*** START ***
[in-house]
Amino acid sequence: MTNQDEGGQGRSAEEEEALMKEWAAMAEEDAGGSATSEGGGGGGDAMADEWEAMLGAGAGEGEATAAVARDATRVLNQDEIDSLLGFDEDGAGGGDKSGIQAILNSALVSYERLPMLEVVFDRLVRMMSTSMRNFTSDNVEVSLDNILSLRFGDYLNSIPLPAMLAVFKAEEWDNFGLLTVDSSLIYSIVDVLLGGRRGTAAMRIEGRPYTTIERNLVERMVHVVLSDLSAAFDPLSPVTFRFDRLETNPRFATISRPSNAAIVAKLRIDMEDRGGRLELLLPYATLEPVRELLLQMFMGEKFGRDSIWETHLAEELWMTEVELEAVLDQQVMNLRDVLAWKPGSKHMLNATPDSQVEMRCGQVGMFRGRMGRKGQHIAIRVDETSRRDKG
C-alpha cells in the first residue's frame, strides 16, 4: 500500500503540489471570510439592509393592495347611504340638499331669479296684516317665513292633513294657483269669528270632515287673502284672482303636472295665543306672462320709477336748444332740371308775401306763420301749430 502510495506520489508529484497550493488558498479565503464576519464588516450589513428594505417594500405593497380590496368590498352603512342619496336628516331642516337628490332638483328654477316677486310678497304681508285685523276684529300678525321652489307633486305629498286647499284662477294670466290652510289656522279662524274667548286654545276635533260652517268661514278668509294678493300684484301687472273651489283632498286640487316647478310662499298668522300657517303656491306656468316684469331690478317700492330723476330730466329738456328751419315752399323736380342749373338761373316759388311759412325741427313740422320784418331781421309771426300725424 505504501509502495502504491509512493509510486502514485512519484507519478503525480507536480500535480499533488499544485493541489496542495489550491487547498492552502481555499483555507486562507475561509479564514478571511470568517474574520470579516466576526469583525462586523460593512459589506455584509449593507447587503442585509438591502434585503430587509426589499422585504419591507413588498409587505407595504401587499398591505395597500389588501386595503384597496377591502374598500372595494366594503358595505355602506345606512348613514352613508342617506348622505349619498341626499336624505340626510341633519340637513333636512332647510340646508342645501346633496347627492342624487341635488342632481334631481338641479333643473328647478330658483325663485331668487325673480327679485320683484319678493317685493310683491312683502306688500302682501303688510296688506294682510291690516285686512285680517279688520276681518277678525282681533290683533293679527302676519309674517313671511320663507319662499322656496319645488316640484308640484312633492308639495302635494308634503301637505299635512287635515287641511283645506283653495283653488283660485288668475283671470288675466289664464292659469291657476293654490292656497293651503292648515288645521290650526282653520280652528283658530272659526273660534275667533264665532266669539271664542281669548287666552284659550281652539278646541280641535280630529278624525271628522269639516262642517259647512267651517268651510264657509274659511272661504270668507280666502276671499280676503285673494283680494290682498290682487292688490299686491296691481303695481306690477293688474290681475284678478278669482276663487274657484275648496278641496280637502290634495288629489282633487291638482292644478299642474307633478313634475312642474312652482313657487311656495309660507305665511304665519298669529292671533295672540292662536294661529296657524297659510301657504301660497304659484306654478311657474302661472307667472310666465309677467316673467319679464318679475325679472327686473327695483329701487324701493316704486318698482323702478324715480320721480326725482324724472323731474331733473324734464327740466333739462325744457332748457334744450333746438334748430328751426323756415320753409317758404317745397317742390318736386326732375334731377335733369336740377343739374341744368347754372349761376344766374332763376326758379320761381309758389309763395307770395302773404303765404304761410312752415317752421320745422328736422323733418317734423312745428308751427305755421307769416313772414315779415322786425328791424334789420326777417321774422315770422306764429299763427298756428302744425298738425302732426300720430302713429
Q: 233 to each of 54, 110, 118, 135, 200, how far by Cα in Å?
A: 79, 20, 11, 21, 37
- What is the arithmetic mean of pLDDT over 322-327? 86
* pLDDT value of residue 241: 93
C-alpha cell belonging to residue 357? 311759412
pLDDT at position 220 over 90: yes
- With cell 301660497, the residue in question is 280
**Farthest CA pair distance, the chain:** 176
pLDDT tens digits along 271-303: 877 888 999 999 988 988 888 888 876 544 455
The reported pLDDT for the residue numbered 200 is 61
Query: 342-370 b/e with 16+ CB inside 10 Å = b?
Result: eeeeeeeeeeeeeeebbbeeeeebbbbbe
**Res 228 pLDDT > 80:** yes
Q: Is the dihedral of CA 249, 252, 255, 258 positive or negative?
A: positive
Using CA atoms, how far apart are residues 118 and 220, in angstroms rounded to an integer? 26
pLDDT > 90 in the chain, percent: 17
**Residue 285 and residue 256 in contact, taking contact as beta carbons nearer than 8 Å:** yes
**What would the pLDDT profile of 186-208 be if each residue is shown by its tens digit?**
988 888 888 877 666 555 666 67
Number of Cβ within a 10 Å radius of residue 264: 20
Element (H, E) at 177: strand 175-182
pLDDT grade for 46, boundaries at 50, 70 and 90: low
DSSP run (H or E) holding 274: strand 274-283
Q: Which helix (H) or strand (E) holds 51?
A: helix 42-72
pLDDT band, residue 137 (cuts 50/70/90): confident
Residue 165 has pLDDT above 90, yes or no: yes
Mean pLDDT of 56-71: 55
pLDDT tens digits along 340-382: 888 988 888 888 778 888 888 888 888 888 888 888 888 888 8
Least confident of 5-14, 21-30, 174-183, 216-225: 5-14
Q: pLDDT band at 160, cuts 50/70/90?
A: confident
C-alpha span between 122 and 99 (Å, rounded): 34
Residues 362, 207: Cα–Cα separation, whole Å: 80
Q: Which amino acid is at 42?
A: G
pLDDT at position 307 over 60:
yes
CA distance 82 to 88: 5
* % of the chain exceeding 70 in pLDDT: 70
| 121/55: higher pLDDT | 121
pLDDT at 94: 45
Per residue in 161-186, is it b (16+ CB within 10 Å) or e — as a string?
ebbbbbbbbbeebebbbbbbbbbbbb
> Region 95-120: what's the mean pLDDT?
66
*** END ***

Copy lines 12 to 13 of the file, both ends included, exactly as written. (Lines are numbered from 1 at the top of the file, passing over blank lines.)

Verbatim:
pLDDT tens digits along 271-303: 877 888 999 999 988 988 888 888 876 544 455
The reported pLDDT for the residue numbered 200 is 61